By Gretchen Mullin-Sawicki, NHTI president
Community colleges are synonymous with workforce development. If you have a workforce need, the first place your company should turn is your local community college.
But why? Postsecondary workforce development is one of the major innovations and missions of community colleges. In our workforce approach, our curriculum is driven by the needs of local industry; course delivery systems are flexible to meet the needs of students and companies; and students experience work, project-based, and classroom learning. It is an ideal situation both for employers who can hire trained graduates to meet specific workforce needs and our students, whose employment is in high demand. Additionally, New Hampshire is the top state in the Northeast for workforce development.
At its inception, the community college workforce focus was not an intentional product of federal policy or an educational blueprint; rather, “it originates from local community activists who stimulated the fundamental ‘DNA’ of the community college to respond to students and workers in the community who had to obtain skills to meet the needs of local industry”(2019, Jacobs, James. “The Evolving Mission of Workforce Development in the Community College Community College Research Center” (CCRC) 6). These activists inspired a lean workforce strategy that focused on local needs and built a network of institutions that responded to a national workforce agenda.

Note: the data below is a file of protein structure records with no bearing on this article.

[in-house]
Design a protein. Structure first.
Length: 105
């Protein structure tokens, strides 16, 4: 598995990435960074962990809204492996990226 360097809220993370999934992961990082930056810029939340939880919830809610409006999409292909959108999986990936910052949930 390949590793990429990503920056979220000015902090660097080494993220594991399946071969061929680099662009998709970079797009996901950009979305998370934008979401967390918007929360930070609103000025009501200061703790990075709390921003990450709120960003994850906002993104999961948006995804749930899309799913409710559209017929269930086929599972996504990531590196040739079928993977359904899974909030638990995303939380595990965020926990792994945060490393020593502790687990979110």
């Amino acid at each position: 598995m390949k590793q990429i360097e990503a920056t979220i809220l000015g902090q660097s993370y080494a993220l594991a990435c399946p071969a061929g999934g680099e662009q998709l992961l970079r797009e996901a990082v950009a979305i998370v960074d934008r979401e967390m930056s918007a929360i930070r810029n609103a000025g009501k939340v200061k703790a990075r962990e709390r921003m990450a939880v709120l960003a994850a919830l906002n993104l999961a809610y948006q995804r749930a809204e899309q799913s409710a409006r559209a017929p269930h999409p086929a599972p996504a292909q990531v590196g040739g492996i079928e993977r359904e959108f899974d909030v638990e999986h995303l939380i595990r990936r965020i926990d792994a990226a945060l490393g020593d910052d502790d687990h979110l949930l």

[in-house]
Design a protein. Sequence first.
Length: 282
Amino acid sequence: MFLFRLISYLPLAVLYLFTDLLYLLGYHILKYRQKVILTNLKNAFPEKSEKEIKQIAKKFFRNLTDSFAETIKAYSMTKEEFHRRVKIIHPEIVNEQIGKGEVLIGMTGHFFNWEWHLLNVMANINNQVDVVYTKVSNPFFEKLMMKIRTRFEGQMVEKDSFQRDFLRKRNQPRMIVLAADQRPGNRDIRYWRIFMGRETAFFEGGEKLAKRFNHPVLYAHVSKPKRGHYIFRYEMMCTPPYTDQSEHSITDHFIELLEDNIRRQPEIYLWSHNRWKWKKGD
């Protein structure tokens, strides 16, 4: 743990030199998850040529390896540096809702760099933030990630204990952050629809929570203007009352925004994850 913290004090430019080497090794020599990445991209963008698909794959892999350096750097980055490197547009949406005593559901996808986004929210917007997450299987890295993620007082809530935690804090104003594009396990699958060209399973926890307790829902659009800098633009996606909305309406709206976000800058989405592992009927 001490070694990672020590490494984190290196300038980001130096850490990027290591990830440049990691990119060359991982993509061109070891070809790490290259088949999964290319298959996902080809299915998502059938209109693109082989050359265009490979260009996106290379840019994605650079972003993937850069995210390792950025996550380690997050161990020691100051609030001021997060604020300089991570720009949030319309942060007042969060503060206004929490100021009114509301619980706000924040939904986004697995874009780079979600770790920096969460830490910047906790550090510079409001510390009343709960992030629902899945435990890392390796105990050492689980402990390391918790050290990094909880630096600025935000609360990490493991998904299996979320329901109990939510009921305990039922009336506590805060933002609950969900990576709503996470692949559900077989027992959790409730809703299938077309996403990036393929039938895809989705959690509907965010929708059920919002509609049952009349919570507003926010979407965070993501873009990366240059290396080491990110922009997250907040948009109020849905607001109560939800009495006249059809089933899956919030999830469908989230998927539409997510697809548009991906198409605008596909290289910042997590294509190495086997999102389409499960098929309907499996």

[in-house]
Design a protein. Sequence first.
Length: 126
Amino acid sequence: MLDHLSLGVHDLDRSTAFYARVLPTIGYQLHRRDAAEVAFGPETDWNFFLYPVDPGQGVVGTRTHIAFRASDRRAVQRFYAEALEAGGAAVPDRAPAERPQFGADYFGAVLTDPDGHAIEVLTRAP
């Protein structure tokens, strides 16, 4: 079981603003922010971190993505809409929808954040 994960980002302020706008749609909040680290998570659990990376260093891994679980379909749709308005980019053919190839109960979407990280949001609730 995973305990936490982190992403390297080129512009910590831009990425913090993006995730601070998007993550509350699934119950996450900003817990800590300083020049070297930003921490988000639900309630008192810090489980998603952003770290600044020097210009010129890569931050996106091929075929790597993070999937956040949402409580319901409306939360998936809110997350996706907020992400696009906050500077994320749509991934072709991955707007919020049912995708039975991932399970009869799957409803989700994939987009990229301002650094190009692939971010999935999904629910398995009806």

While other countries established work-based learning through apprenticeships to increase employment skills, the U.S. used community colleges as the source for workplace learning. Community colleges, known for our ability to nimbly implement best practices, now also offer pre-apprenticeships and apprenticeships as our portfolio of programs expand; however, at the very beginning, community colleges were built to respond to employers’ skill requirements and students’ concern for employment. In fact, in the post-World War II period, the occupational mission of the community college was solidified on the national level through efforts such as the G.I. Bill, which funded college for veterans. Specifically, the President’s Commission on Higher 3 Education called for the formation of more community colleges to meet the needs of the economy through employment training in areas as far reaching as hotel and restaurant managers, real estate, automotive, electrical technicians, dental hygienists, and nurses’ aides (Grubb & Lazerson, 2004, p. 87).
With our roots embedded in workforce development, it is second nature for NHTI to align and respond to changing workforce needs. Armed with data reports and industry advisory board experts, we actively build curriculum with workforce partners, adapt schedules to fit into second or third shifts, and invite industry onto our boards and into our classrooms. Although our colleges also educate students to transfer to 4-year schools, 70% of our students go directly into the workforce and into well-paying, family-sustaining careers.
Workforce development is the blood of community colleges while our students will always be our heart!
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